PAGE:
Mesa Police Unions Face Backlash Over Their Anti-Chief Campaign

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Police Unions in Mesa, AZ Gang Up on Their Chief, Face Public Rebuke

Reports of infighting between Mesa police unions and the Chief of Police Ramon Batista have continued to pour in without relief. The Union, despite the city virtually ignoring their earlier no-confidence vote, took this internal brawl to feverish pitch with a community meeting this Friday.

“Everything that happens in public safety affects all of you,” exclaimed Nate Gafvert, President of Mesa Police Association. “It affects all of us!”

The community meeting called on by Mesa Police Association and The Mesa Fraternal Order of Police drew about four dozen people at Mesa Convention Center. Though the Unions have been criticizing Chief Batista for a while now, this was the first instance of dragging the whole cache of dirty laundry out in the public.

Gafvert said he had tried to avoid playing this out in public under media spotlight but since the City ignored their no-confidence vote, last month, they were left with no choice.

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The two unions, collectively represent nearly all of the 1,252 employees of the department. They have accused Chief Batista of abandoning rank-and-file in an attempt to appeal to the public as he tries to reform Mesa’s scandal-ridden police force. Unions want the Chief to resign arguing his actions have led to low morale, nepotism allegations, unnecessary training changes, poor officer retention, and a number of other issues. Gafvert said these issues were unhinging the department’s ability to help Mesa residents.

“If the officers aren’t happy, we’re going to provide a lesser service on our job,” justified Gafvert. He continued, “It’s unfortunate that our community members get the negative part of that.”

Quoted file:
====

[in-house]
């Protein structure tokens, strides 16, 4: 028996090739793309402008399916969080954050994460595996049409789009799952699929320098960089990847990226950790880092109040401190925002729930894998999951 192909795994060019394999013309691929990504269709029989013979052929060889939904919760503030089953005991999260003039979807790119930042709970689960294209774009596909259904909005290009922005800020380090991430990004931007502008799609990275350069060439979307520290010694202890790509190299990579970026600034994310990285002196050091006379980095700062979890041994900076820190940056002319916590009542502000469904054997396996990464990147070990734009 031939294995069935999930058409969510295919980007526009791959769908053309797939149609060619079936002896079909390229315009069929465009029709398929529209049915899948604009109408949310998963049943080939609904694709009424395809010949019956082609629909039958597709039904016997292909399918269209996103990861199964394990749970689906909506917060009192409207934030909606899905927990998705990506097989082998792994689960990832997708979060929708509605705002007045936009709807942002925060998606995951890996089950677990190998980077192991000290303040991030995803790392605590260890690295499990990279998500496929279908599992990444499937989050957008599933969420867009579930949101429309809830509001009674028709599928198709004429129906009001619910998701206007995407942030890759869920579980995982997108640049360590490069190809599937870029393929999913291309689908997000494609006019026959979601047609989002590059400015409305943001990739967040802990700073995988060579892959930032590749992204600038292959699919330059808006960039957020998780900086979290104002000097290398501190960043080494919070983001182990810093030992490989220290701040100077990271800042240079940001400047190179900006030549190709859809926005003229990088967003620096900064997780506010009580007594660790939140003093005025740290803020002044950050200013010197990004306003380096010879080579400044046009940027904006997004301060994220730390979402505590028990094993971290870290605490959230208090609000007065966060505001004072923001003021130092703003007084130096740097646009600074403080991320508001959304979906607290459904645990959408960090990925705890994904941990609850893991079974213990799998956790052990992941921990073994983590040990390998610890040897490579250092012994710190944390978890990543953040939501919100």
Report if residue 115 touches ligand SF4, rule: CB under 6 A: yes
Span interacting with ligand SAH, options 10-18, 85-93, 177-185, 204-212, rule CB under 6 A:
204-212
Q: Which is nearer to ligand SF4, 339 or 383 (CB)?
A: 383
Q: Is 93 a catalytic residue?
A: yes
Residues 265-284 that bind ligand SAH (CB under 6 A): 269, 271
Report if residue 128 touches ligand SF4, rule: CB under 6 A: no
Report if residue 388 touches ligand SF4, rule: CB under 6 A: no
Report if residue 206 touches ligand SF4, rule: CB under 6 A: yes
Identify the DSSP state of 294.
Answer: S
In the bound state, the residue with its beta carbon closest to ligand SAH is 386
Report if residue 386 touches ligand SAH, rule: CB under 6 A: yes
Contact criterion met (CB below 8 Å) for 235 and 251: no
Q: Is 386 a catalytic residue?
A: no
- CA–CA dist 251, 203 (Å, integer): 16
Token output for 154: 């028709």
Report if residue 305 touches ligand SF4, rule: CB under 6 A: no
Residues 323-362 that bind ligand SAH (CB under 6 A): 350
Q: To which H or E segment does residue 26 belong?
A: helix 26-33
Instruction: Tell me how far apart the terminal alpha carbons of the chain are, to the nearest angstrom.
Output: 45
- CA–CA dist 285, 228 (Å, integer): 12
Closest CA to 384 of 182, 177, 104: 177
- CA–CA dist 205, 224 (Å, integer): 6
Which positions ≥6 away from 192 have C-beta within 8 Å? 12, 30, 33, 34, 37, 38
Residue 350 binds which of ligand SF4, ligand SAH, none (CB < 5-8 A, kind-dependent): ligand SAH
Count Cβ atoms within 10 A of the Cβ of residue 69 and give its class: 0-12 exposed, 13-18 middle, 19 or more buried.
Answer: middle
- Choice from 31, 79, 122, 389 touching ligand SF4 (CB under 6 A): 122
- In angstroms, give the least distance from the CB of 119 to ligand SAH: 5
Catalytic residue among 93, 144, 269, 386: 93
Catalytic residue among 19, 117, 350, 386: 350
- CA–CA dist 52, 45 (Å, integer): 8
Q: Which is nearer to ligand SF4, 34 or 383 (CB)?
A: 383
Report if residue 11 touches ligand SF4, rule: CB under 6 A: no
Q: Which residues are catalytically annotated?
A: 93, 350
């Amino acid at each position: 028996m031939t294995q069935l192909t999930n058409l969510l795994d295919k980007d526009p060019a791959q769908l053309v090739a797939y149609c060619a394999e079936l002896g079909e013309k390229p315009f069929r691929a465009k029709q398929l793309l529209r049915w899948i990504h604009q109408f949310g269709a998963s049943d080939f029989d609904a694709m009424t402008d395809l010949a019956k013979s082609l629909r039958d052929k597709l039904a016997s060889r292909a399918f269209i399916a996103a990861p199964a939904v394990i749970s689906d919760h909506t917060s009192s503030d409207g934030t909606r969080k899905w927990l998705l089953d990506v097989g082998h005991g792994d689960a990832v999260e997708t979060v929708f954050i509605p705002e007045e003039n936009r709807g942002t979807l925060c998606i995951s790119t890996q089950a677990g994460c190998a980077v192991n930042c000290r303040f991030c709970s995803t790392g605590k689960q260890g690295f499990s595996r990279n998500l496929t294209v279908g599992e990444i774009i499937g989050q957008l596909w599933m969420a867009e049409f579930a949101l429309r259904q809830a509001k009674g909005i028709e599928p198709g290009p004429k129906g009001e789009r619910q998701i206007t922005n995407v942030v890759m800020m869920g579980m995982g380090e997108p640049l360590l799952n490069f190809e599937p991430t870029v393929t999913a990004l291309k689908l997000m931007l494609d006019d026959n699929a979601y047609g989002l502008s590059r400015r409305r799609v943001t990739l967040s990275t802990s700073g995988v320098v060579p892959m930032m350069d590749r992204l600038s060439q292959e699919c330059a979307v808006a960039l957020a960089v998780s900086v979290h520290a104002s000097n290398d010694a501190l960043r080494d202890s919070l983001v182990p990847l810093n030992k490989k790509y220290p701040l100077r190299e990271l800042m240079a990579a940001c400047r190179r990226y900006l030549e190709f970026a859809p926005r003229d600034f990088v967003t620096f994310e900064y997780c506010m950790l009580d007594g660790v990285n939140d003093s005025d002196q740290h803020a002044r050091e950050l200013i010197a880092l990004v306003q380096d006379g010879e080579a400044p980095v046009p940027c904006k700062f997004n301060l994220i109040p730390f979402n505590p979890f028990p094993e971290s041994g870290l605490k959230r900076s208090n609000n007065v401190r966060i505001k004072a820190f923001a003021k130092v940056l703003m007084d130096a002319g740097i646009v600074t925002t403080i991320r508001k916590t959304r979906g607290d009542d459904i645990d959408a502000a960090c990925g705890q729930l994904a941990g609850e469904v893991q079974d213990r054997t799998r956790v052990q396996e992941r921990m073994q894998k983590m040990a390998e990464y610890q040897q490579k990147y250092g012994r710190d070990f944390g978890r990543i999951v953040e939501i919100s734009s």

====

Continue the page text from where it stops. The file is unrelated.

The attendants at Mesa Community Center were unimpressed with the show Union’s brought to them. To them, it seemed like the hue and cry was less about the Chief and more about justifying the Department’s dwindling relationship with the public. There were some who condemned Chief Batista for sending officers out onto the streets without the necessary support

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Road to a Department Sans Batista

Friday’s meeting was one of many steps Unions are taking to uproot their Chief. A public campaign worth $30,000 to lobby and convince Mesa residents to help them apply pressure on the City. This campaign comes in the wake of a recently launched website titled “Keep Mesa Safe” with plans to erect anti-chief billboards around town.

Chris Brady, the City Manager, with the ultimate jurisdiction over Chief’s tenure has previously told the local paper, Arizona Republic, that he has confidence in Chief Batista’s abilities. “It’s clear the city has work to do in engaging its employees,” paraphrasing Brady, “about how we can work on things at the Police Department.”

The no-confidence vote is non-binding yet an effective portrayal of the Union’s unhappiness with their Chief.

Why do Unions Dislike Chief Batista

Robert Johnson, a 33-year-old man (center)
Robert Johnson, unarmed, was brutally hit by Officers of Mesa Police Department

On June 6, 2018, Mesa Police released bodycam footage showing officers punching and kneeing an unarmed Robert Johnson.
In another video, two officers were seen roughing up a 15-year-old armed-robbery suspect after the boy was handcuffed.

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Chief Batista, in a press conference last June, called the actions unacceptable and pledged changes. The comments were made before Scottsdale Police investigated the cases and the Maricopa County Attorney’s Office ultimately decided not to file any charges against the officers involved.

Mesa Police Chief Ramon Batista holds a press conference June 8, 2018, to talk about a third incident within a week that Mesa police have received backlash regarding their use of force.
June 8, 2018: Mesa Police Chief Ramon Batista holds a press conference to talk about the third incident within a week that received backlash over excessive use of force.
 (Photo: Nick Oza/The Republic)

Gafvert has previously stated Chief Batista’s public condemnation of multiple Mesa Police officers involved in two use-of-force incidents. He has argued that 564 sworn and civilian Police Department employees participated in the no-confidence vote – with 95% of employees saying they’d no confidence in their chief.

Batista is a long-time veteran of the Department starting his career back in 1986 with the Tucson Police Department. He was stationed there as Tucson’s Assistant Chief before his appointment as Mesa Police Chief in July 2017.

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